Tea leaf reading, (also called Tasseography) has been practiced for centuries and it isn't as mysterious as you might think!
Choose teacup! Choose a cup that’s pleasing to you, but keep in mind a few general guidelines: the sides of the cup should be slanted, not straight up and down like a coffee cup. The slanty sides keep the leaves from sliding to the bottom; make sure the bottom of the cup has a little room for leaf clumping. Really arty teacups may be fun to look at but aren’t the best for reading!
Choose tea! Well, you may have guessed that tea bags are out. You want to use loose tea, preferably China tea. China tea has some nice bits and twigs that cling to the sides of the cup and make for interesting reading. Orange pekoe works pretty well too, but India tea is cut short, not rolled, so it contains more tea dust, which tends to clump up a bit. India tea is what most blends (like Irish and English breakfast teas) are made from. Of course, you can use any kind of tea you want, even herbal teas! You just have to be a little creative when you interpret what’s in the cup. Some people even interpret coffee grounds. People have also used dirt, sticks, stones for this same kind of divination…
Choose a teapot! Warm the tea pot with hot water from the tap. Try to find a teapot without a strainer. Finding one might take a bit of work, because most non-antique pots have a strainer built in where the spout is attached to the pot. If you your tea pot has a strainer, you may need to experiment with the amounts of tea and water you use. The goal is to have enough leaves in your cup and a beverage you can drink and enjoy!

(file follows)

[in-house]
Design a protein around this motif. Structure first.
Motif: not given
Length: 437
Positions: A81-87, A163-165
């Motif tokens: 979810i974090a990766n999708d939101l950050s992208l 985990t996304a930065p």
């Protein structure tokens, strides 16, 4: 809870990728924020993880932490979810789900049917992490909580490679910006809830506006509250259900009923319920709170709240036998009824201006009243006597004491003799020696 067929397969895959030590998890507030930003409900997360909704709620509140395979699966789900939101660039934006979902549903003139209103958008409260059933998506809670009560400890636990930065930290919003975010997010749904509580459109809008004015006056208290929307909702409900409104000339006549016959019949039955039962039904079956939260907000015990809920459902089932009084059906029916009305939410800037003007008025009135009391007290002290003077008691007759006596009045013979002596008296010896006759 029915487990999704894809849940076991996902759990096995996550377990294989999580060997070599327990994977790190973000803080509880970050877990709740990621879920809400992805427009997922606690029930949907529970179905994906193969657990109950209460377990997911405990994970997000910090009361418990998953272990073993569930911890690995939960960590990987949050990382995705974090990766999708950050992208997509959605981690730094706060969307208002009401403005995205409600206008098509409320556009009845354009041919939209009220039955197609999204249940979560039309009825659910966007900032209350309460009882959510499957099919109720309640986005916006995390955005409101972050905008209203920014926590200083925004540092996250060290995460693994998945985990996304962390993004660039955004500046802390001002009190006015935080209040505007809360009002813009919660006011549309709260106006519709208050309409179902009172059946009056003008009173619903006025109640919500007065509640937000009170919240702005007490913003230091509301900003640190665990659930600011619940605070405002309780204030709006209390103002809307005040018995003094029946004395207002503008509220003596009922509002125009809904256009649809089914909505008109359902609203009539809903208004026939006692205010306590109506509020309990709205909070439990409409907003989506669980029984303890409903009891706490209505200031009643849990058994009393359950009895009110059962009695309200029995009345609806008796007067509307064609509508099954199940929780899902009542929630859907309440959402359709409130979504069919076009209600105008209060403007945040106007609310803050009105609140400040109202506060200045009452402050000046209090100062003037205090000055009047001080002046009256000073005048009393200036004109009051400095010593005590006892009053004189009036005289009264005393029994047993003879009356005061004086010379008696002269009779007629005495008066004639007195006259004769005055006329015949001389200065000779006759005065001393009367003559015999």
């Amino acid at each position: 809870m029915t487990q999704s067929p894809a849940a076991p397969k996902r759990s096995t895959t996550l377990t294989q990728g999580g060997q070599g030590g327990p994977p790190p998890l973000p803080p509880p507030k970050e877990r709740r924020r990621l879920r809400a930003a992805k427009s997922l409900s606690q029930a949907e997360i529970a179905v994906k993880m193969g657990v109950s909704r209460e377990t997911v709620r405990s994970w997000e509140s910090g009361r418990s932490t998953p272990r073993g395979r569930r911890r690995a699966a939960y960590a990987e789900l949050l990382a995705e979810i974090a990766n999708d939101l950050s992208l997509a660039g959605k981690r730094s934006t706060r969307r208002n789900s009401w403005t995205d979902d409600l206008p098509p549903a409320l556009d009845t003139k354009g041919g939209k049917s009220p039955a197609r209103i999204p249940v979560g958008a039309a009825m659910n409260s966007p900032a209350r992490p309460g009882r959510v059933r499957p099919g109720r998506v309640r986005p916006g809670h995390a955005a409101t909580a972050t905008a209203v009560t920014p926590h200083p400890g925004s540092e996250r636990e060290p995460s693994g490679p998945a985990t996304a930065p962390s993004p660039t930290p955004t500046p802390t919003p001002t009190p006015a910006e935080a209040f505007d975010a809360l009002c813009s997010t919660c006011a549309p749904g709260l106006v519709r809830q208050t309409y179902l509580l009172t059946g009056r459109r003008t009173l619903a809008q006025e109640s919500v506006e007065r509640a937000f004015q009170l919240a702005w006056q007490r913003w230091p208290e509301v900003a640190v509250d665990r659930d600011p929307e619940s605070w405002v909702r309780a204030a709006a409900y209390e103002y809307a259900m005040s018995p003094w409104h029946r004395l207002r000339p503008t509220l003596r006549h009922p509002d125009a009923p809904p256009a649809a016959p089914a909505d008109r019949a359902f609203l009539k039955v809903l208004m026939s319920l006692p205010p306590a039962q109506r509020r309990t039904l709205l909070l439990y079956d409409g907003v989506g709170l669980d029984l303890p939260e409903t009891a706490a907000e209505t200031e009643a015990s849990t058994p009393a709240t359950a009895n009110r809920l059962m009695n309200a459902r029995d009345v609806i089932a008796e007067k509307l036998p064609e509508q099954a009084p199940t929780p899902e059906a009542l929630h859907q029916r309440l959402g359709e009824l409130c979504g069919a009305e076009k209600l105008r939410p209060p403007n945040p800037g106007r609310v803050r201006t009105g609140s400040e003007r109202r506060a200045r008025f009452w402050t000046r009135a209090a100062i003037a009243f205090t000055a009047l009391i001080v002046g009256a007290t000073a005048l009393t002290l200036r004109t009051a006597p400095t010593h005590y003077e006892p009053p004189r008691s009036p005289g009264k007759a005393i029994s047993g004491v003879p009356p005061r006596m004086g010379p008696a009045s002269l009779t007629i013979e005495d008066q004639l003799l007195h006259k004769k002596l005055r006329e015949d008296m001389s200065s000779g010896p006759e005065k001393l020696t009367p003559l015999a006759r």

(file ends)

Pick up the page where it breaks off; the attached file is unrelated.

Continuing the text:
Add tea and drink it! Then… get ready to read! As you finish drinking, be sure to leave about a teaspoon and a half of liquid in the bottom of the cup. Swish the liquid around the leaves. Carefully but quickly, tip the cup over into the saucer. Turn the cup around completely, going anti-clockwise (widdershins) three times. Turn the cup back over. Turn the cup around in your hands. Look at it from many different angles. Sometimes, images jump out at you. Numbers for example, can indicate days, weeks, months or even years. Letters can represent clues to a person's name or place. A circle could indicate the end of a cycle, such as a completed project. Or a circle might indicate a group of people. It is best to be open to any "hunches" you get during the reading while viewing the tea leaf symbols, especially when they look more like green globs than images. If the tea leaves look like an apple, this represents achievement. An anchor represents stability in your life and inconstancy. The ball represents fortunes of varying degrees. A butterfly means fickleness in your life. A bird or birds represents news that will be good. A candle represents receiving others help. The cat means a friend that is false and deceitful. The boat represents protectiveness and friends welcomed visit. The dog means friends in need of help and great friendships.
The eye represents for you to be cautious. A fish means fortunes of good. The flag represents danger is near. The fly means annoyance in domestic life. The heart means pleasures and lots of love. The hawk represents forms of jealousy. Harder objects in your tea leaf reading and their meanings include the hourglass represents a decision needing to be made about something. The house means security. The kite represents s a friendship broken. A lamp means revealed secrets, postponement of a party. The leaf represents brings fortunes of good into your life. The letter means news which will be good in its coming. A mountain represents goals that are great. The mushroom means a move out into the country or a nice journey there. An octopus represents there is danger nearby. The owl means gossip is afoot. Anyway, remeber that symbol meanings are interpreted differently depending on the "feeling" the reader gets when seeing them!